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Some reflections on seeker-sensitive churches6 min read

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In the 1980’s, Bill Hybels and some other young Christian leaders decided that traditional church was too stiff, too foreign to modern unchurched people, and ignorant of the ways that contemporary people take in information.  They tried an experiment they called "seeker-sensitive" churches, in which the Sunday sermons were shorter, missing traditional religious jargon (Christianese), and included such things as drama, videos, other multimedia stuff.

Right away, traditionalists attacked them for diluting the gospel, catering to our modern short-attention span and desire to be entertained rather than instructed and challenged, and pretty much selling out to modernity.  But, despite mistakes common to learning and trying new things, Bill Hybels has succeeded in reaching hundreds with the gospel, and birthing healthy, godly churches around the world, not to mention growing his Willow Creek church into a mega-church (almost 20K members).

Here are some of my reflections on the seeker-sensitive movement.

1. danielg sensitive churches do not water down the gospel IF the other structures of your church, including classes for new believers or prospective members, services for believers on a day other than Sunday (if you have them), and small groups have strong gospel content.

However, if all of your structures are danielg sensitive, you will have no place where the deeper Christian life can be explored, which is bad. The real question is, can you see your Sunday meeting as outreach rather than tending the flock?  This is the question you should ask.  The deeper Christian life is not for new people – they will often be intimidated, or just plain confused by it.

2. You do not have to be totally danielg sensitive to make Sundays more of an outreach to the unchurched.

For instance, you don’ t have to have a 10 minute sermon, but perhaps instead of a 40 minute one, you can make it 20 minutes.  Most preachers don’t like this because they have a lot to say, but there are other places they can preach/teach than in this service, and they should seek out those opportunities to teach the deeper things they want to teach.

And instead of preaching on deep esoteric doctrinal things, you can stick to practical spiritual matters, which can still be considered "meaty." (1 Corinthians 3:2) For example, instead of teaching about the doctrine of eternal security, why not preach on finding God’s purpose for your life, or on God’s principles of child raising, etc.  The real thing people want is practical advice, and what you want is for them to see other Christians living the Christian life together.  You want them to come in contact with real Christians on Sundays and see that you are normal people just like them.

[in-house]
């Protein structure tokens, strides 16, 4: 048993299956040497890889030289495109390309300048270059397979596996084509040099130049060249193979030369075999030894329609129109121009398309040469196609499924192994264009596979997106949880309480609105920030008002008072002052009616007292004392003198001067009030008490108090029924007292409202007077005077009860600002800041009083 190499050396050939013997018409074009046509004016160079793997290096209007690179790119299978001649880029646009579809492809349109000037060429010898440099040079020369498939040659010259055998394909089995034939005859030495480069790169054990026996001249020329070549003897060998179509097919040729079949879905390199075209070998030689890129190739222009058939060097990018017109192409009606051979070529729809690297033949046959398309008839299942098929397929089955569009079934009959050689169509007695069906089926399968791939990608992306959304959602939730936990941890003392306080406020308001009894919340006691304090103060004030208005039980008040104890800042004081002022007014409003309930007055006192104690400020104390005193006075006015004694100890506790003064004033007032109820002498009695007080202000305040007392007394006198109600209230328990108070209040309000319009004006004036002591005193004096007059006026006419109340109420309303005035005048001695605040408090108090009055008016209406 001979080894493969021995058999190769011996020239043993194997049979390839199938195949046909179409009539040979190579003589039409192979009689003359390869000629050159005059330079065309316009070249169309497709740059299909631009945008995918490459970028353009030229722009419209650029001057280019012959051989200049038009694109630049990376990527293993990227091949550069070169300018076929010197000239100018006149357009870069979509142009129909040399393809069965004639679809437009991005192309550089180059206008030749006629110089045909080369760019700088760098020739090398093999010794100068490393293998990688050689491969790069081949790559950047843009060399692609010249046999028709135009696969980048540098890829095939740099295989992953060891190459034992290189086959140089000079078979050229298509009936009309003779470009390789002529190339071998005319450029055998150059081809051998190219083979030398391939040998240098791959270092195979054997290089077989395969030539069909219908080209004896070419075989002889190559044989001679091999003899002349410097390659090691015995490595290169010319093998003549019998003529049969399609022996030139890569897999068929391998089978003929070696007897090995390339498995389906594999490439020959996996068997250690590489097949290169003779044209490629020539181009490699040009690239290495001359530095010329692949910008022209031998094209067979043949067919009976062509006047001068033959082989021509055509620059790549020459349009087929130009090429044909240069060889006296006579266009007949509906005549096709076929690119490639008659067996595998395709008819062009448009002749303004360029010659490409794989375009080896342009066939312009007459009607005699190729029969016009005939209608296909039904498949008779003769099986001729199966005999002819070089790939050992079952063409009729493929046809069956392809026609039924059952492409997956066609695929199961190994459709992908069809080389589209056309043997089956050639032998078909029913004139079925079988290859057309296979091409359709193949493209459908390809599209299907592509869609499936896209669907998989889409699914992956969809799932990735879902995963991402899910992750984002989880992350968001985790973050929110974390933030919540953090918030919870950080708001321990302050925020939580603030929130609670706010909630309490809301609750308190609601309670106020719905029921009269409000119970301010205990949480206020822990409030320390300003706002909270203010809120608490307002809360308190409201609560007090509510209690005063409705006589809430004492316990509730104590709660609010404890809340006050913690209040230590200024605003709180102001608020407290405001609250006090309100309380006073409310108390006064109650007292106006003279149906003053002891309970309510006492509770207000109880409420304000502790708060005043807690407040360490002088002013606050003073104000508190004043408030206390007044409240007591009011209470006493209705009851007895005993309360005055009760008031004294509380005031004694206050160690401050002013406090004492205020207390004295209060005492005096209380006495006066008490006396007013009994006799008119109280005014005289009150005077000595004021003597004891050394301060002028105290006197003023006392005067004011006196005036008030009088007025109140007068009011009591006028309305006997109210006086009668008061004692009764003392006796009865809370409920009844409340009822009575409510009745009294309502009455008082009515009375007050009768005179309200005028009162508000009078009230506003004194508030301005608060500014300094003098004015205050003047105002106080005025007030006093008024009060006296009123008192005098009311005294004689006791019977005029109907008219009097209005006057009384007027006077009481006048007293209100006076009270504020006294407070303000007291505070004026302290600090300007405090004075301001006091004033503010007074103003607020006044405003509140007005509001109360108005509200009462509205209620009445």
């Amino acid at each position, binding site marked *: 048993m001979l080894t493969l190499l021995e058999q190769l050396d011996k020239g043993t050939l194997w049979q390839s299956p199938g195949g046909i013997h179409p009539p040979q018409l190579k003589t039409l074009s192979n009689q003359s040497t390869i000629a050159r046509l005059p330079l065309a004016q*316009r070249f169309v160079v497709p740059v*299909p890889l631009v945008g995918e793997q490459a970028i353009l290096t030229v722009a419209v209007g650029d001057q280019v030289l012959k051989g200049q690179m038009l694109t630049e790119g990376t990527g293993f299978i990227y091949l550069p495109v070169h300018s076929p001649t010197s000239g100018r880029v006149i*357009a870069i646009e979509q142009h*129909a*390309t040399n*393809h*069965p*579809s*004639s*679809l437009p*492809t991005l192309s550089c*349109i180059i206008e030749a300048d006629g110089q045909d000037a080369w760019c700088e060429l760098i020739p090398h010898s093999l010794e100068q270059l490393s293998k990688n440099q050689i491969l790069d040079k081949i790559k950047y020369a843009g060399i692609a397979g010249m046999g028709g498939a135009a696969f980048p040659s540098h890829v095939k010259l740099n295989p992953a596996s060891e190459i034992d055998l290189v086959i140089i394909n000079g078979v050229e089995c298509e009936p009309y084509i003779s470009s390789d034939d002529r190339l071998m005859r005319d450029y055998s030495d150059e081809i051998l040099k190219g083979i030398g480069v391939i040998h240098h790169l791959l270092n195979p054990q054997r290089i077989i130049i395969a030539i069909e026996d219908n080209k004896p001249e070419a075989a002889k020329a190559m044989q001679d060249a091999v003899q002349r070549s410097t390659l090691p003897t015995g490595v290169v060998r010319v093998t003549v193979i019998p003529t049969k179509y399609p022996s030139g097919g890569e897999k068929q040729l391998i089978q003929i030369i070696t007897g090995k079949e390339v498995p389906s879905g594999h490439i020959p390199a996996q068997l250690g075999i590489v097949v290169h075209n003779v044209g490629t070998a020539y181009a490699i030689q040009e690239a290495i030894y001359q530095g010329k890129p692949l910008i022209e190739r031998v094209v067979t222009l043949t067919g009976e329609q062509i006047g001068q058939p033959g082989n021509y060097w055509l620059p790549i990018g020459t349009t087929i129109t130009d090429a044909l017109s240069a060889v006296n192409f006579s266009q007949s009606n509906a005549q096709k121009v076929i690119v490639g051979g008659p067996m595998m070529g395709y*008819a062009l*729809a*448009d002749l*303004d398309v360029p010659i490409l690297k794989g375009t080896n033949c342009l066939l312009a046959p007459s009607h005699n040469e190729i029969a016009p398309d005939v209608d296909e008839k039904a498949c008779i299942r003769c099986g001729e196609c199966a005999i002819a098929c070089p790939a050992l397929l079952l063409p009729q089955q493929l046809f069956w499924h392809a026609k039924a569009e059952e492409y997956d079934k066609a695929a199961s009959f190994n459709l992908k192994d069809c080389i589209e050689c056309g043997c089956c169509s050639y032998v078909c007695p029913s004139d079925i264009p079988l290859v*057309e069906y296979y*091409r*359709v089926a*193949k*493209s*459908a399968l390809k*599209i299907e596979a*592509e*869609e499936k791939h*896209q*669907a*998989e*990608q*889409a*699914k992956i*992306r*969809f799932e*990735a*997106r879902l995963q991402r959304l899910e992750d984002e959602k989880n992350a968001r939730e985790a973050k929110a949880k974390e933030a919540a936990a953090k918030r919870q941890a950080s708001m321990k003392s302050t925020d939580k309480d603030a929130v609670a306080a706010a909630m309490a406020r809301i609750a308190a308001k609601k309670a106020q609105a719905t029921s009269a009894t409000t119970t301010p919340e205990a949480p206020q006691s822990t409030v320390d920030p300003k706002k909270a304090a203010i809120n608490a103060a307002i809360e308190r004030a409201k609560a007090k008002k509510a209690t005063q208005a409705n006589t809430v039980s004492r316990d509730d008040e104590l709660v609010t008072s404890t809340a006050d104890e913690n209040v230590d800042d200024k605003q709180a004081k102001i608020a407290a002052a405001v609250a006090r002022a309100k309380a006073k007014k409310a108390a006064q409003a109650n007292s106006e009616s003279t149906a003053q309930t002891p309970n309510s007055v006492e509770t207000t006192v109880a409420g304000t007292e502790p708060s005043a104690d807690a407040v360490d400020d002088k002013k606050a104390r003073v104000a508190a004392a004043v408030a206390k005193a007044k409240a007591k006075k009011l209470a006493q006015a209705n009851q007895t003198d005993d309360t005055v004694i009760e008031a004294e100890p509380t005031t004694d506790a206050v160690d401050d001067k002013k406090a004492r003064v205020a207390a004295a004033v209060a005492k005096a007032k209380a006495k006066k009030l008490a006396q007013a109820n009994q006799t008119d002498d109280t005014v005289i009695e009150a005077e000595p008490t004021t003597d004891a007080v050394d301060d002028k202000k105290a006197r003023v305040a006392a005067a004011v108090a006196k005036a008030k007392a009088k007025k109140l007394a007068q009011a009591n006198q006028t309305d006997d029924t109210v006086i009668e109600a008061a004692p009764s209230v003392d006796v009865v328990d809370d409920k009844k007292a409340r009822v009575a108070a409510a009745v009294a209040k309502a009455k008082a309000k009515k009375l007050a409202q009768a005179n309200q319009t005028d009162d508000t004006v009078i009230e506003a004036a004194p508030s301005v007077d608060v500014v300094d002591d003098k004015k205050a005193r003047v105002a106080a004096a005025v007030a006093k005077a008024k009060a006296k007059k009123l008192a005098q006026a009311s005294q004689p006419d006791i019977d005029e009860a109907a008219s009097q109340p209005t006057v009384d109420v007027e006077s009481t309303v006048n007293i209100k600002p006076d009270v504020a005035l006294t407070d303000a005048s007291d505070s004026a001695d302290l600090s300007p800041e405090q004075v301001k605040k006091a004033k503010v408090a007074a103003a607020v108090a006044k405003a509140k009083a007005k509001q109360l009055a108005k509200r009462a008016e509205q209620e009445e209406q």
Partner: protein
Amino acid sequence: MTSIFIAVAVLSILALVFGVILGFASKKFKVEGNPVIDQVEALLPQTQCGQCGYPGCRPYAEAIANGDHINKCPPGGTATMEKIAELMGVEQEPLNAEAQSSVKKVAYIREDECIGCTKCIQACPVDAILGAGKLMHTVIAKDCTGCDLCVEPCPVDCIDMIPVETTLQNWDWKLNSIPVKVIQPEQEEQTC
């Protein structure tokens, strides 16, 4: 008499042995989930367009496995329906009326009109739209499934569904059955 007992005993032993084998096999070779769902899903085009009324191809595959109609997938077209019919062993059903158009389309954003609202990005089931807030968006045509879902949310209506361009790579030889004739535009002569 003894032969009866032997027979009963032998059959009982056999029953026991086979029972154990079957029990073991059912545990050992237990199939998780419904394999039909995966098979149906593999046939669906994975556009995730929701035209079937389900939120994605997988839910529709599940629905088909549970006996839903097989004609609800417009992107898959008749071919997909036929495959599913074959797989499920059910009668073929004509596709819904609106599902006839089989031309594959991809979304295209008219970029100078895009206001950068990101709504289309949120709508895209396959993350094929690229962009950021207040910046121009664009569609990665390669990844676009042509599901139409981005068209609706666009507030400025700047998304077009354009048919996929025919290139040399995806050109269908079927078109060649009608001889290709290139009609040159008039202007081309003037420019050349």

It reminds me of the scriptures about speaking in tongues in a service – what good does it do for the stranger if they come in and see you doing it?  Are they edified?  No!  But if they see love, and hear about the gospel, and recieve practical instruction, they just might find out that they need God.

And danielg sensitive does not mean that you don’t share the gospel, it just means that you do it in a way that the newby can understand and respond to.

3.  danielg sensitive might really mean "make your services culturally relevant", i.e. modernize them.

For instance, the unchurched generally don’t like singing hymns, because to them it is not a natural mode of expression – it’s like singing in a different language, or being caught in a time warp from 100 years ago.  This is why contemporary worship is so effective – for modern people, this style of music is as natural a method of expression as modern english is compared to King James English.

I’m not saying no one can raise their hands during worship, or that you shouldn’t teach from the Bible just because people aren’t familiar with it.  But maybe you should tone down the more intimidating things and make them feel less uncomfortable.  Use words and means of communication they understand.  People are flexible, and can stand some newness, but if it’s all strange to them, they won’t be able to adjust.  And trust me, the unchurched person is often totally unfamiliar with current church culture.

In summary, being relevant does not mean lowering your standards, or coddling people.  It means not expecting them to adapt to church culture.  Rather, you should be putting the truth into containers that their culture is familiar with.
Don’t make the mistake that many early missionaries made, mistaking their own culture for God’s truth. Truth will change a culture, but not all cultural differences are a matter of truth.

4.  Before making a go/no-go decision as a church leadership to adopt SS methods, ALL of the leadership should visit danielg sensitive churches and then discuss what elements they feel like God wants in their church.

If you don’t go and see it, all you have is book knowledge, and little sense of the anointing or effectiveness in the churches that do it.  You should definitely also talk to the leadership in these churches to discuss your concerns.  I bet they shared the same concerns, and learned a lot about God and themselves as they implemented this new service.